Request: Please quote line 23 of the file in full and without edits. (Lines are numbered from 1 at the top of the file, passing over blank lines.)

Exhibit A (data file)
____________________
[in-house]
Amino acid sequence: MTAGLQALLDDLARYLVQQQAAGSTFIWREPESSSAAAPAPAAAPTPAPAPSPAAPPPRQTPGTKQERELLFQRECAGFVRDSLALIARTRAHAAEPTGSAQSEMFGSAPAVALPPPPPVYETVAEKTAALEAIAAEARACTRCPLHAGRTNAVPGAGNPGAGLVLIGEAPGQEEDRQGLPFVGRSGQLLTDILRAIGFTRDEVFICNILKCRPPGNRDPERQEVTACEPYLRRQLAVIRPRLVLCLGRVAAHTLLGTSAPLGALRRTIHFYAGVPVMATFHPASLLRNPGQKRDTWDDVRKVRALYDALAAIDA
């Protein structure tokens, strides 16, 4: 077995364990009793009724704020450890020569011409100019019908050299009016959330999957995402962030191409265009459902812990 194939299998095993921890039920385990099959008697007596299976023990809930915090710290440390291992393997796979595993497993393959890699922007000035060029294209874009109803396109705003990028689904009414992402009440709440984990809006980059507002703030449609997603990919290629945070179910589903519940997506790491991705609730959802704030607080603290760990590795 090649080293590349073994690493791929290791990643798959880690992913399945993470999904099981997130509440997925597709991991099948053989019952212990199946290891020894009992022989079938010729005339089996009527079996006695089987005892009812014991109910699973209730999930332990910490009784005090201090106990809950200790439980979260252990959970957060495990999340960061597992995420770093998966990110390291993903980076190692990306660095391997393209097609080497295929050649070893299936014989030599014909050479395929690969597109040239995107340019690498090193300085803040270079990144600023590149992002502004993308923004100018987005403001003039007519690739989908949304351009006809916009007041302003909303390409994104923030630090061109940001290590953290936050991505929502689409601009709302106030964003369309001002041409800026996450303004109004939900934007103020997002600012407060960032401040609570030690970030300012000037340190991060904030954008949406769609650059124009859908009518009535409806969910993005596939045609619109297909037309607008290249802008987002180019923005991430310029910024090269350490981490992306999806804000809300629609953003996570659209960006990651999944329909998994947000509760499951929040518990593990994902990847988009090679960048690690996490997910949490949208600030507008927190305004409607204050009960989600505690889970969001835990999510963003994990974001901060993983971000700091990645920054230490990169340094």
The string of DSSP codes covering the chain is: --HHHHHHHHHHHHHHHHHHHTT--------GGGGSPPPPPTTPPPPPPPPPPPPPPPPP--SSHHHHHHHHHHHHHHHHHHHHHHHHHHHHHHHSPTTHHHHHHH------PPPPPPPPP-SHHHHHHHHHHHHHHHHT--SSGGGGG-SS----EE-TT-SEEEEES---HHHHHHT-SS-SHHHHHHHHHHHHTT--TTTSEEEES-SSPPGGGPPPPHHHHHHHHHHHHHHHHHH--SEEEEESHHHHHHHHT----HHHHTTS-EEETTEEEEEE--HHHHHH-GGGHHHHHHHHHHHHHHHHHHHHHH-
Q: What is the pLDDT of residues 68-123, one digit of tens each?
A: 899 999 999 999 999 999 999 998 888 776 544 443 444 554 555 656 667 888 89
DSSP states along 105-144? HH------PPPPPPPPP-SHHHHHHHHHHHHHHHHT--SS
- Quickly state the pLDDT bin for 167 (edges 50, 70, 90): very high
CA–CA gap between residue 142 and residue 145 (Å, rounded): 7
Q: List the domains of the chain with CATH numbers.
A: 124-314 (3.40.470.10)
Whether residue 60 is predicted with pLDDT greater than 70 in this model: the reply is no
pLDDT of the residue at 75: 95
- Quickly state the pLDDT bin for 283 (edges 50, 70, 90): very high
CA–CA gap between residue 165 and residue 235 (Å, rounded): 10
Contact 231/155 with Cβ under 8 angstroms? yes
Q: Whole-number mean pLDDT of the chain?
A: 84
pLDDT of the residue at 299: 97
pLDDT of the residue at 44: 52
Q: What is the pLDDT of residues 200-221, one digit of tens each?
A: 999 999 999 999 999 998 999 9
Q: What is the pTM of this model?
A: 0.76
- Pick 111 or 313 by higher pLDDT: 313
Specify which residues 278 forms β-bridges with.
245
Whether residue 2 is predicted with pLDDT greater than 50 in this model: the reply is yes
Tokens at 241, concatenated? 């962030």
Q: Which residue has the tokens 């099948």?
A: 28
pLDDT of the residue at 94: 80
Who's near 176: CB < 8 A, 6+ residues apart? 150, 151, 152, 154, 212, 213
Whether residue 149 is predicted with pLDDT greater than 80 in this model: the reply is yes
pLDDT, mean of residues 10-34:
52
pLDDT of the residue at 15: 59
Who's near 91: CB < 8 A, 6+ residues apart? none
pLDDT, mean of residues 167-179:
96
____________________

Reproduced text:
Q: What is the pTM of this model?